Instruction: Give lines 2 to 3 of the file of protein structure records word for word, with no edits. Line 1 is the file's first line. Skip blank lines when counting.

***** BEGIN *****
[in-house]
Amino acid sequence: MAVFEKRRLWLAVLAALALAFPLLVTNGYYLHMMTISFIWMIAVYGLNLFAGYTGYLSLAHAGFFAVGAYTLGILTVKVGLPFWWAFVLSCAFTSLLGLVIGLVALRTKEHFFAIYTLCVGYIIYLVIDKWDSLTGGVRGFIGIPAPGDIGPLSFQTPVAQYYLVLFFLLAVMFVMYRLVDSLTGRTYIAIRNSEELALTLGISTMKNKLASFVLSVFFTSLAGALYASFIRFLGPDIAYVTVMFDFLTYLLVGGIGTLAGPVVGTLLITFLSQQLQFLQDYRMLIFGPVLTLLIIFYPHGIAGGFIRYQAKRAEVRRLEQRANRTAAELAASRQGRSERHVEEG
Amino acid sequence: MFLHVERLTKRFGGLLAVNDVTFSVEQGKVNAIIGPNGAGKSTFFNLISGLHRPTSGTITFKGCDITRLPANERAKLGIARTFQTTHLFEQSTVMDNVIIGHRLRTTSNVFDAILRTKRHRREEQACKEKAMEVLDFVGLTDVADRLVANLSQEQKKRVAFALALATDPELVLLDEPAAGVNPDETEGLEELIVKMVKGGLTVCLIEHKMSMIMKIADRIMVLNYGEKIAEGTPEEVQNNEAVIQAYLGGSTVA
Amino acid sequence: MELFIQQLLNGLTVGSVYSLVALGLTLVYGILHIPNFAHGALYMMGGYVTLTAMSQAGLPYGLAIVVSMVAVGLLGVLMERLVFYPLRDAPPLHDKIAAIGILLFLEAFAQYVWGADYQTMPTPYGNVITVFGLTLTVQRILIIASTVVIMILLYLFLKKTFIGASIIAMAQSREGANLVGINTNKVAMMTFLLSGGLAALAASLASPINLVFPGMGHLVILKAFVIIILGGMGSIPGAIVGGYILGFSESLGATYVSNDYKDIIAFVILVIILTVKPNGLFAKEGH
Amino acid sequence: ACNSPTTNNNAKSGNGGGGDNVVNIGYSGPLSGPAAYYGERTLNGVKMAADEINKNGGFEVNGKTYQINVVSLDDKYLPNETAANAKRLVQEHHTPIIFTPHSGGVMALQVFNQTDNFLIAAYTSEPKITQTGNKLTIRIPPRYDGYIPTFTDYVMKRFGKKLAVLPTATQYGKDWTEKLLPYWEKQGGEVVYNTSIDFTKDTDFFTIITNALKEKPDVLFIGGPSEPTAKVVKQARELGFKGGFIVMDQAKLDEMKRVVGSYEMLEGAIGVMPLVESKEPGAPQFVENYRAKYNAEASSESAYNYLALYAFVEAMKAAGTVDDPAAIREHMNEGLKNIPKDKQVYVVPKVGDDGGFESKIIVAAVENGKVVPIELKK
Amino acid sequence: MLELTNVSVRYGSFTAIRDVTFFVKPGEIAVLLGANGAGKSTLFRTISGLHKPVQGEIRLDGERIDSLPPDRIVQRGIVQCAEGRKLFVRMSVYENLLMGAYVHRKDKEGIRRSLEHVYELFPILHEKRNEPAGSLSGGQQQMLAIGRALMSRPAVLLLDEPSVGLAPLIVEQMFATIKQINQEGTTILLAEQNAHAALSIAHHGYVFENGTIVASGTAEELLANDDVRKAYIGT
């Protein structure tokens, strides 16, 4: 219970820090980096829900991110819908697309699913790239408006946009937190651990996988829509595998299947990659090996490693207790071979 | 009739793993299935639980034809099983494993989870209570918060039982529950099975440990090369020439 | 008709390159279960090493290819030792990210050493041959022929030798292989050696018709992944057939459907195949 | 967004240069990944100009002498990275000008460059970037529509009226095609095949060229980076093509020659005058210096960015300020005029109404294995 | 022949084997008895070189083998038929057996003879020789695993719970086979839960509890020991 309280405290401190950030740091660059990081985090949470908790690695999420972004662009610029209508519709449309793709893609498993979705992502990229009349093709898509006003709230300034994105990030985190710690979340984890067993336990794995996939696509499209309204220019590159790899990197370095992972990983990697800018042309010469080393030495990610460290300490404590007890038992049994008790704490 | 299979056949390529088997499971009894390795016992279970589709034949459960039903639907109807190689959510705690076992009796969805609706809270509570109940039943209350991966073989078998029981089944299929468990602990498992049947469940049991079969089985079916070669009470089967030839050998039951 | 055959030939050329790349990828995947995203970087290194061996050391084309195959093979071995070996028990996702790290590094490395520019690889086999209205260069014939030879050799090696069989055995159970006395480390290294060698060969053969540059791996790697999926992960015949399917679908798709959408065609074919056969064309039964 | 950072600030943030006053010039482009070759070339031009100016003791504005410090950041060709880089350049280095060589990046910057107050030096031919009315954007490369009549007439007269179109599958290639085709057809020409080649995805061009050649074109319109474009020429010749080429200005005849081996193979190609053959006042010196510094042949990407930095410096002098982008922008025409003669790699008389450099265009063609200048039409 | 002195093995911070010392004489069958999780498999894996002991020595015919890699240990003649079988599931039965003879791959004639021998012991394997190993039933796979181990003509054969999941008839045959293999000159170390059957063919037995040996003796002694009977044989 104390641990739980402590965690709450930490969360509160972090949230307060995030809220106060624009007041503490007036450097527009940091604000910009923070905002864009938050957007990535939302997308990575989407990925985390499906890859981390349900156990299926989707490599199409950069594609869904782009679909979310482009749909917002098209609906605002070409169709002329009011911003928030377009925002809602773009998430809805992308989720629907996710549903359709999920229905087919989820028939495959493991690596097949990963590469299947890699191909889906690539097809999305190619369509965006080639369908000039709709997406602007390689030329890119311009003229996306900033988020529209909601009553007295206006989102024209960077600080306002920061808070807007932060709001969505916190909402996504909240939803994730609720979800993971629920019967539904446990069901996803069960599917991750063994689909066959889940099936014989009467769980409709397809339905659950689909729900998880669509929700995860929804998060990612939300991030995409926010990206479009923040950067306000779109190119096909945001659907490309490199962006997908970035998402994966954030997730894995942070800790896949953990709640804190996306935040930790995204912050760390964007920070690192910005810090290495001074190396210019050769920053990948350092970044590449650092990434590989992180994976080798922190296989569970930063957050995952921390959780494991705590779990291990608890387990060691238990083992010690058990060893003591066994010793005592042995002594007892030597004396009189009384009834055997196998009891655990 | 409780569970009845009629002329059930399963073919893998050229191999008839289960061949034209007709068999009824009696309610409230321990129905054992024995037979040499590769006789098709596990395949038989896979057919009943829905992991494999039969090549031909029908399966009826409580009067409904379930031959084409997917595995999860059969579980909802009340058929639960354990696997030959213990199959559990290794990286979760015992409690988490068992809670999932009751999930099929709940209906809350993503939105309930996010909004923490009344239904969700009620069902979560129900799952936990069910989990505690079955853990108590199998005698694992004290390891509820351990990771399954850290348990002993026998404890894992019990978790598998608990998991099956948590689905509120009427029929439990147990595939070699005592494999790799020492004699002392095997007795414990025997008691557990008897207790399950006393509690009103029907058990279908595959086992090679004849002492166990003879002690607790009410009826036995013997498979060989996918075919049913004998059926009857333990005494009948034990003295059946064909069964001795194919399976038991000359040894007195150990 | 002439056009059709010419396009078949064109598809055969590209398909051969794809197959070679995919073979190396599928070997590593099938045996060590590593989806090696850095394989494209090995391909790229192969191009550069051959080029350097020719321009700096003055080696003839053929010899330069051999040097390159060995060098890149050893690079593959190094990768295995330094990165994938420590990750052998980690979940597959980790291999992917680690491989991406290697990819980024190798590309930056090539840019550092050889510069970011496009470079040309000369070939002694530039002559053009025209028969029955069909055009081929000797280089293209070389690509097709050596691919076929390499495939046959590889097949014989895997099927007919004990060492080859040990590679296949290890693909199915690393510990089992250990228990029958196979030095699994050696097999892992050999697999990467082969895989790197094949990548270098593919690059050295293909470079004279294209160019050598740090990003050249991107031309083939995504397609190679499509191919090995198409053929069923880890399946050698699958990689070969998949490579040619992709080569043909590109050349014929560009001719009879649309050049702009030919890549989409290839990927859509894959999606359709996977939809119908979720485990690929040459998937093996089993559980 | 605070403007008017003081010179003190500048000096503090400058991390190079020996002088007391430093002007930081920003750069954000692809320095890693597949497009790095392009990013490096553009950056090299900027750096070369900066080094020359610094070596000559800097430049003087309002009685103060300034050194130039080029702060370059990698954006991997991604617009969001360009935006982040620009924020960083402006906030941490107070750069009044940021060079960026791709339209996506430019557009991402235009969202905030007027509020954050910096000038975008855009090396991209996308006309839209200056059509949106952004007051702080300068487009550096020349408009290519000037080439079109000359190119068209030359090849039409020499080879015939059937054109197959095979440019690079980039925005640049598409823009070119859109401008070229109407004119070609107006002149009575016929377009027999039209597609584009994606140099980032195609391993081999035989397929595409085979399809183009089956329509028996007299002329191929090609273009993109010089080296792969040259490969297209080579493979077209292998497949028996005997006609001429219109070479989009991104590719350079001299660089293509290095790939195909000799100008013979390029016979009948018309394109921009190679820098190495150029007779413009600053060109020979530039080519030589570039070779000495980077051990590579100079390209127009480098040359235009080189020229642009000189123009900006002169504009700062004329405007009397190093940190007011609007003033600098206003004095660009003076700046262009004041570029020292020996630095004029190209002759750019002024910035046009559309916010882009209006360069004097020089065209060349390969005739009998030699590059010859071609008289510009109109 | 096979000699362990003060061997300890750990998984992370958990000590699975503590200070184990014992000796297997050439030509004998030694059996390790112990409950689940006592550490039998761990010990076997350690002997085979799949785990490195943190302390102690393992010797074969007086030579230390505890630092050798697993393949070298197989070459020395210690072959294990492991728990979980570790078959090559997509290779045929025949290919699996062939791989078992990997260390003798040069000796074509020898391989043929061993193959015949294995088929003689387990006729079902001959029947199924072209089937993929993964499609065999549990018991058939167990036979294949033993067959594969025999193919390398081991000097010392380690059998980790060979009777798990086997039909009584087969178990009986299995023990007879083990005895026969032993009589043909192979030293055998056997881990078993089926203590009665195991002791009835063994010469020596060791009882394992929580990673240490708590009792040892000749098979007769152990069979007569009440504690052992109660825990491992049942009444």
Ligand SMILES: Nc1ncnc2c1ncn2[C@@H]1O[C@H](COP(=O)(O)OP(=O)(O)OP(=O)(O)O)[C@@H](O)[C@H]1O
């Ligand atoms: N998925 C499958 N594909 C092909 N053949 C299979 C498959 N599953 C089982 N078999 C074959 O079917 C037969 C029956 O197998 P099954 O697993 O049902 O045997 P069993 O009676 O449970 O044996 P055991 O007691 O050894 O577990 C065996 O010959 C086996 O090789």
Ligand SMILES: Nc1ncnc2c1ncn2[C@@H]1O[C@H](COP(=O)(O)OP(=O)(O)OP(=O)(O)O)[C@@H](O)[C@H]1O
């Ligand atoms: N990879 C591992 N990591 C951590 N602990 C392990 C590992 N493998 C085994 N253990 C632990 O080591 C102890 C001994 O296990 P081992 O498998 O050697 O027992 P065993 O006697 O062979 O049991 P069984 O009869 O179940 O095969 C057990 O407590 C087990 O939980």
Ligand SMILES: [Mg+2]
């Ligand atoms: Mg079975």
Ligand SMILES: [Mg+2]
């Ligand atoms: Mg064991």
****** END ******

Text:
Amino acid sequence: MAVFEKRRLWLAVLAALALAFPLLVTNGYYLHMMTISFIWMIAVYGLNLFAGYTGYLSLAHAGFFAVGAYTLGILTVKVGLPFWWAFVLSCAFTSLLGLVIGLVALRTKEHFFAIYTLCVGYIIYLVIDKWDSLTGGVRGFIGIPAPGDIGPLSFQTPVAQYYLVLFFLLAVMFVMYRLVDSLTGRTYIAIRNSEELALTLGISTMKNKLASFVLSVFFTSLAGALYASFIRFLGPDIAYVTVMFDFLTYLLVGGIGTLAGPVVGTLLITFLSQQLQFLQDYRMLIFGPVLTLLIIFYPHGIAGGFIRYQAKRAEVRRLEQRANRTAAELAASRQGRSERHVEEG
Amino acid sequence: MFLHVERLTKRFGGLLAVNDVTFSVEQGKVNAIIGPNGAGKSTFFNLISGLHRPTSGTITFKGCDITRLPANERAKLGIARTFQTTHLFEQSTVMDNVIIGHRLRTTSNVFDAILRTKRHRREEQACKEKAMEVLDFVGLTDVADRLVANLSQEQKKRVAFALALATDPELVLLDEPAAGVNPDETEGLEELIVKMVKGGLTVCLIEHKMSMIMKIADRIMVLNYGEKIAEGTPEEVQNNEAVIQAYLGGSTVA